Heimdall and his qualities of courage and vigilance combined to Bragi’s persuasion and poetry, are enough to wake up humankind’s Hamingja, thus preventing a terminal disaster. This mission being completed, Heimdall joins back Idunn’s but Bragi remains on the spot to continue supporting humankind’s resistance. Poetry, that is poems, songs and dances, favors remembrance of remote family lines and storing the traces of our past. This tale states a now long forgotten truth: The only possible, though precarious, way to humankind’s survival to Ragnarök is Poetry.

 

Heimdall and Loki have now nothing more to do at Idunn’s and they turn over to Asgard, again by magic means. Upon arrival to Asgard, they are welcomed with drinking horns they share with Odinn.

 

We note that the telling of their arrival only points at the joy of a safe return, whatever the news they bring back might be. In this warrior civilization, death is a familiar event and it is a shame to fear it. This is why the Norn in charge here is Verdandi, Norn of the ongoing action. This is also why she so often takes the lead. Stated in modern language this is said as “present time only dictates proper behavior.” When the envoys are rested, a feast takes place and they will not discuss the results of their mission before it starts. They then discuss this topic until twilight in the following pitiful way:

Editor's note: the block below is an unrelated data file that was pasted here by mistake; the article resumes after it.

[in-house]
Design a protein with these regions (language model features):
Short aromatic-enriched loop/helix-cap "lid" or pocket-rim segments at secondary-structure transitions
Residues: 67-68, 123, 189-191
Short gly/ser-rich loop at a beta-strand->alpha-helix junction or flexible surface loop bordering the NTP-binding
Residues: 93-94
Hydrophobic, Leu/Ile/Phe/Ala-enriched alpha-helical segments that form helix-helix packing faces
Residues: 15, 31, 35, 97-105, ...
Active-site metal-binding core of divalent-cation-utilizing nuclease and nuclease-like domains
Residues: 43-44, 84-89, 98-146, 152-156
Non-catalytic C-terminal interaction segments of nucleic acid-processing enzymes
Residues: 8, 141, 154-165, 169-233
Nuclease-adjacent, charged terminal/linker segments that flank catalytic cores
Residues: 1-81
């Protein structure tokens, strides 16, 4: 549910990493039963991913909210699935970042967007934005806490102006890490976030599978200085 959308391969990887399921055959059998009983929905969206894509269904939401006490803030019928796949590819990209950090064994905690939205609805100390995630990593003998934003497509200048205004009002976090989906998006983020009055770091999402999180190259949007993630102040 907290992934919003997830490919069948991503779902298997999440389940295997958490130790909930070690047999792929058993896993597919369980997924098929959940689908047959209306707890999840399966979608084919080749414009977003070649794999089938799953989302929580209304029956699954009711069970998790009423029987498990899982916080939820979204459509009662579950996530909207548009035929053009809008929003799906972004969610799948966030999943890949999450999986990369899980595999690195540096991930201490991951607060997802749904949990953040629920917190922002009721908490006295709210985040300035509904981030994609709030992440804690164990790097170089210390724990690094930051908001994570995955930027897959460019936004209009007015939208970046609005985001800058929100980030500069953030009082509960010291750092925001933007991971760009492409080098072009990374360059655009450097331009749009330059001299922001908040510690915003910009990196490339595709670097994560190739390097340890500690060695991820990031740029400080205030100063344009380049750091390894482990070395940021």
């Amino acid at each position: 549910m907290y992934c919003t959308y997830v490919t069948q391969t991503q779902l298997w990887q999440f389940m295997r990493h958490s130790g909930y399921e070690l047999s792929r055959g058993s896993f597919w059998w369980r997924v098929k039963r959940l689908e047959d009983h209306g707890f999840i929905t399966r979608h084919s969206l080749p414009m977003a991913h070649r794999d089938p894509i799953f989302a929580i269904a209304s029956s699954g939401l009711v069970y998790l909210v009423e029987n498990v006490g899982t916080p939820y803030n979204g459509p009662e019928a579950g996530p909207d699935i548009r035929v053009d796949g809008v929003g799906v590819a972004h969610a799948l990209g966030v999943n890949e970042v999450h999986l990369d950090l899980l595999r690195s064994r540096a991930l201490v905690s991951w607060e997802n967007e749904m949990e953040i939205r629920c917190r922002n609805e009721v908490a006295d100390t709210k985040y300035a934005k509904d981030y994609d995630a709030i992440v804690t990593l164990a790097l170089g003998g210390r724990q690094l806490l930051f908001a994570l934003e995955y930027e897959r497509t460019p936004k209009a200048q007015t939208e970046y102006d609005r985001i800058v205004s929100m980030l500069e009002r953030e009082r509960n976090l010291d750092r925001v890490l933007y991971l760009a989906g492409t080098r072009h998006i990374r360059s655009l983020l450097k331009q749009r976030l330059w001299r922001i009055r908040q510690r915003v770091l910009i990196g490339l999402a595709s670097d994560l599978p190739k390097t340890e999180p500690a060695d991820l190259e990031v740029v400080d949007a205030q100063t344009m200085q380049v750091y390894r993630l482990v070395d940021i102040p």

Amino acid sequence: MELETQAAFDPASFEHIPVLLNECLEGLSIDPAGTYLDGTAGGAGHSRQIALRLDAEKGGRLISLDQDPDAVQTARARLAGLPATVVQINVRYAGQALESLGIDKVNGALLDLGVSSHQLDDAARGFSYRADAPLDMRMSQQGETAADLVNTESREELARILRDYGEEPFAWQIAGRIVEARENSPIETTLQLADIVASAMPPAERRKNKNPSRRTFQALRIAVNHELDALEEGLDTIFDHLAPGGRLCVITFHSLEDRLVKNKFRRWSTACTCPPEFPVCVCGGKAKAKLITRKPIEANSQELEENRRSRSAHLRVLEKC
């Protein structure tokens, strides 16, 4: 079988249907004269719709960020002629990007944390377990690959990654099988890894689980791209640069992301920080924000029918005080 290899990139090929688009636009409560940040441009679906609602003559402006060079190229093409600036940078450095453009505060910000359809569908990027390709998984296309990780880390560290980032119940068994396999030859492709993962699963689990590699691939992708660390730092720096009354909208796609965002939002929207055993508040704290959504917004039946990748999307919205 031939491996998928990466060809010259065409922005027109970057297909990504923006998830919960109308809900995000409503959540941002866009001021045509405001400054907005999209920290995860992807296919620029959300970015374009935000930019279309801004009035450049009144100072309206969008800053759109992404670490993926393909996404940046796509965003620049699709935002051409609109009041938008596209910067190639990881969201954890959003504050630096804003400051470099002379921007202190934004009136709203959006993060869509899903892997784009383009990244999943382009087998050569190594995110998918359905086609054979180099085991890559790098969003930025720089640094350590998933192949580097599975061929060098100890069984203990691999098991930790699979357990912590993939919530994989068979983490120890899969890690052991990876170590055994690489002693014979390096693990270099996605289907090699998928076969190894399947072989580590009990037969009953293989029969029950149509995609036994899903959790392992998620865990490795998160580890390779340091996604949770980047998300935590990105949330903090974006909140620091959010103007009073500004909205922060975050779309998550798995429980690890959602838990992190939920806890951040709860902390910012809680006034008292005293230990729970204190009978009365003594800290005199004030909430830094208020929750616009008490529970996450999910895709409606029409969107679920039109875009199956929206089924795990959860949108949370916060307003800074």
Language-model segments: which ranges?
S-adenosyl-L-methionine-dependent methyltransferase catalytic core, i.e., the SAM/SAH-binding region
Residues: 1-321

They clumsily did

their report

of a failed mission

of little glory;

they need to wail

for giving shape to their failure.

 

The Ćsir and Odinn understand that all the omens foretell Ragnarök and they are quite conscious of what tomorrow will bring forth: They will fight their ultimate battle during which the current divine order will be destroyed. They do not know yet exactly who will die, but certainly most influential of them, such as Odinn and Thorr will not be able to survive the day. They nevertheless understand that their existence cannot be eternal, no more than the one of our earth, sun, galaxy and perhaps even of our universe. Knowing all that, they are delighted since tomorrow will take place a basic fight they will lead at the best of their capacity. During it, they will try to add a last dash to Ćsir’s magnificence. Skalds will go on telling of this fight, it will stay in human memory, at least for these who understand its severe poetry.

Óđinn speaks,

all listen:

“Night shall bring

a new good advice;

let him think until morning

who thus works at

an advice in order to add

glory to the Ćsir!”